Goal: Improve Workout

8 Tips For Increasing Workout Performance

No matter what goal you have, improving workout performance is always going to be important.

If you’re trying to build muscle, you’re ability to recover is important to help you hit the gym hard and heavy multiple times during the week.

If you’re trying to lose fat – the better you’re performing in the gym, the more calories you’ll burn during the day.

And if you’re trying to get stronger, you need to know how to properly focus and fuel your workouts to put up bigger numbers.

With these 8 tips, we got all of you covered.

1. Eat a Preworkout Meal

There’s really no point in training fasted, ever. Especially if you’re trying to maximize your performance during your workout.

Instead, you should consume a complete meal (plentiful in carbohydrates and protein) 1-2 hours before training.

Doing so will provide fuel directly to your muscle tissue and improve muscular growth over time1,2,3.

2. Listen to Music

It’s extremely difficult to get in the zone if you don’t have music playing in the background during your workouts. Especially if you lack any sort of cardiovascular conditioning and are gasping for air after your first set.

Even worse is being at the gym with generic music lightly playing over a speaker yards away from where you’re working out. And if you forget your headphones, you’re opening yourself up to interruptions by all the “chatty-Kathys” who work out at your gym.

Do yourself a favor and download, create or favorite a playlist with music that motivates you prior to going to the gym. And make sure you don’t forget your headphones!

3. Drink Caffeine

If you really want to increase your energy levels, focus, and training capacity, you should drink some caffeine prior to hitting the gym.

Caffeine has been scientifically proven to increase power output and aerobic capacity.4,5 So, by consuming caffeine you’ll be able to push heavier weights for longer.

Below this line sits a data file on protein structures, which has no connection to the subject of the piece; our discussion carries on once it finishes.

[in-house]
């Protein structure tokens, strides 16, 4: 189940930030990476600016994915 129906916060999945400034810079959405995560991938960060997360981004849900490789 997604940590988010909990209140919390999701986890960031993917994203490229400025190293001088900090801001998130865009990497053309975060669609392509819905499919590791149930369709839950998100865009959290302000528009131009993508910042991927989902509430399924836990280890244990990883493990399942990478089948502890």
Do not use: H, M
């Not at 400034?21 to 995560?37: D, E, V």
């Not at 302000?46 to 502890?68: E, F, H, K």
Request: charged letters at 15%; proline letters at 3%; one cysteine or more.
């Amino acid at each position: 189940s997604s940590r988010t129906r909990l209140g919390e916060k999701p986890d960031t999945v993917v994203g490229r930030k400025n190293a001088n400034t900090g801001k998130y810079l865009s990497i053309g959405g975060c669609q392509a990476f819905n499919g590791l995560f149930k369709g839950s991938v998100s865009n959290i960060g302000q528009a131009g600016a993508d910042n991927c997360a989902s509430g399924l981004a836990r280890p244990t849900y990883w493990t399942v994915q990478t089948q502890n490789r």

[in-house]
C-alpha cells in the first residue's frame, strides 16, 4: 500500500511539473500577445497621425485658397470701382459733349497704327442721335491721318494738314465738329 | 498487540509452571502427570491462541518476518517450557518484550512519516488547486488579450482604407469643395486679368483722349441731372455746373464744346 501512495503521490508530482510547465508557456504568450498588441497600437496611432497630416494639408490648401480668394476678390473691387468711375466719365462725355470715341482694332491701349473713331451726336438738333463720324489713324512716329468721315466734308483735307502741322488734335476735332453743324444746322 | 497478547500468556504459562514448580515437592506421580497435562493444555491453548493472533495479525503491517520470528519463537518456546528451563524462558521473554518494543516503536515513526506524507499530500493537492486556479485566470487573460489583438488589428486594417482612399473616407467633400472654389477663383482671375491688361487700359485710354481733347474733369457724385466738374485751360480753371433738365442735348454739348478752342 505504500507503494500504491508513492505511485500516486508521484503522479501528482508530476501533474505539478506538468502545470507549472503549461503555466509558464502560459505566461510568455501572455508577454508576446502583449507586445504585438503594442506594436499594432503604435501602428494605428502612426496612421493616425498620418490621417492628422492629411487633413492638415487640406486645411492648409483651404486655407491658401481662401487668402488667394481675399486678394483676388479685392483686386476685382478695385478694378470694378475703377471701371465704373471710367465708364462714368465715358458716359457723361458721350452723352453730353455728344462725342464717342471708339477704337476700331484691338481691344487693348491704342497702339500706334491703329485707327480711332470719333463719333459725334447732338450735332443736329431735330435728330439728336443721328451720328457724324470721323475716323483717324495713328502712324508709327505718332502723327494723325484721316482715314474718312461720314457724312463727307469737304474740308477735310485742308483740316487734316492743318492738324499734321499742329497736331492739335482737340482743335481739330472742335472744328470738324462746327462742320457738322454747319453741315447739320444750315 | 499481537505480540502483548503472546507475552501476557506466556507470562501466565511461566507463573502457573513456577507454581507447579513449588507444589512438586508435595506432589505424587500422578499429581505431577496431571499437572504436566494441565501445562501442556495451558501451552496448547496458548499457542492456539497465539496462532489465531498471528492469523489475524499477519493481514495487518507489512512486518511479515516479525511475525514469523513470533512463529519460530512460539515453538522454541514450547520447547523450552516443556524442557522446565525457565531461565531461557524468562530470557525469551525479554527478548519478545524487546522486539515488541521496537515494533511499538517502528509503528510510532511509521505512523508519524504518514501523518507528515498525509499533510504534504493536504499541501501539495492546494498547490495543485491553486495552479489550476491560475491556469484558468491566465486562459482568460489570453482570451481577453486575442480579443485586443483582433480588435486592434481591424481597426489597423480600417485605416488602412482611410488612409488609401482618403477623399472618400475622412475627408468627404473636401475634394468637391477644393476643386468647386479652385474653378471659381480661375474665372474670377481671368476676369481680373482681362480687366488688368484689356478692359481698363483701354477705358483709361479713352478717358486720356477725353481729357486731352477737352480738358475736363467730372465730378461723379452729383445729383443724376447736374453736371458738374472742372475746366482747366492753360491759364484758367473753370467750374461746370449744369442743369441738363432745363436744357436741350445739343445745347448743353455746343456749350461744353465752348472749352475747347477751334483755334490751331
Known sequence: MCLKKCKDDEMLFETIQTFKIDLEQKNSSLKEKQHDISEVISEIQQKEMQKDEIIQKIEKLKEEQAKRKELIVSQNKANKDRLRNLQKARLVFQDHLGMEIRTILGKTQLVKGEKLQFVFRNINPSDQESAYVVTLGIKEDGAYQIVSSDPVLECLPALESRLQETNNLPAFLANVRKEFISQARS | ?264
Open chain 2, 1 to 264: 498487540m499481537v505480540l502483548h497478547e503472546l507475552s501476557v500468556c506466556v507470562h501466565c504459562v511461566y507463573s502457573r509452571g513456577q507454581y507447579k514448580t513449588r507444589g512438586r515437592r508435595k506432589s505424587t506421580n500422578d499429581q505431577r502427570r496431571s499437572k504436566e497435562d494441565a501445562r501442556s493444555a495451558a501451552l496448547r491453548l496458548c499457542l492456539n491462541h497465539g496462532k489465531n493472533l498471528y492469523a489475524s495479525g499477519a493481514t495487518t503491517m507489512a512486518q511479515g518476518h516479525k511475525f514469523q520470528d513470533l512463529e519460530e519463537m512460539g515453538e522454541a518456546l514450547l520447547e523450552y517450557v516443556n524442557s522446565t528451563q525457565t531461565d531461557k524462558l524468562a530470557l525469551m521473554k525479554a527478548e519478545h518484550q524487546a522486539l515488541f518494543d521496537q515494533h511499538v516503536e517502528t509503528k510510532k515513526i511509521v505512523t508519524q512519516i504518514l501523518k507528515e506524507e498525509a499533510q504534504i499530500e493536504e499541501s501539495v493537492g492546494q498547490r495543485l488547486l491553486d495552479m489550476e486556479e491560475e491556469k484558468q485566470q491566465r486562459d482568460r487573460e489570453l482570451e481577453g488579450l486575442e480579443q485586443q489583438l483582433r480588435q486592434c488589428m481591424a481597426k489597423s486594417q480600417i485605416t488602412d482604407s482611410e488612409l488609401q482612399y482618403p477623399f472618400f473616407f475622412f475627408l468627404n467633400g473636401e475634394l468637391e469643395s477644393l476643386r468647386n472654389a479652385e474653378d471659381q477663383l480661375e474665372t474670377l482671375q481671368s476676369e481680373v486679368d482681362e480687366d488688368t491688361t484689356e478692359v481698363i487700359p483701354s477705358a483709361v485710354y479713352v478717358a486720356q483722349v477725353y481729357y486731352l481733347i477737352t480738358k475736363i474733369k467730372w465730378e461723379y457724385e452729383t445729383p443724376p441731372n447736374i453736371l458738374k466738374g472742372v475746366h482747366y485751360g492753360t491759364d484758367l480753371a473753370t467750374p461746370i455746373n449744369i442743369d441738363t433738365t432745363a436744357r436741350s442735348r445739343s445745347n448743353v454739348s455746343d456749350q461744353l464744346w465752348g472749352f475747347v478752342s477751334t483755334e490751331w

However, the body does tend to adapt to caffeine dosages and you will begin to build a tolerance. It won’t take long before you require larger doses to feel the similar effects you once felt at smaller doses.

Instead of continually increasing your caffeine intake, it might be a better strategy to cycle the substances – with a focus of using it when you’re in a muscle building stage.

4. Consume Carbs Intra-Workout

We’ve already mentioned that a preworkout meal with carbohydrates is crucial for improved workout performance. Now we’ll discuss intra-workout carbs.

Carbohydrates/glucose is your body’s favorite form of energy. And your body tends to burn through your glycogen storage the more and longer you work out. So, having a steady intake of carbohydrates around training times is worthwhile.

If you find you spend hours in the gym during your workouts, it might be worth considering an intra-workout carbohydrate supplement. Doing so can improve muscle glycogen resynthesis and blunt cortisol responses during training.6,7

5. Consider a Creatine Supplement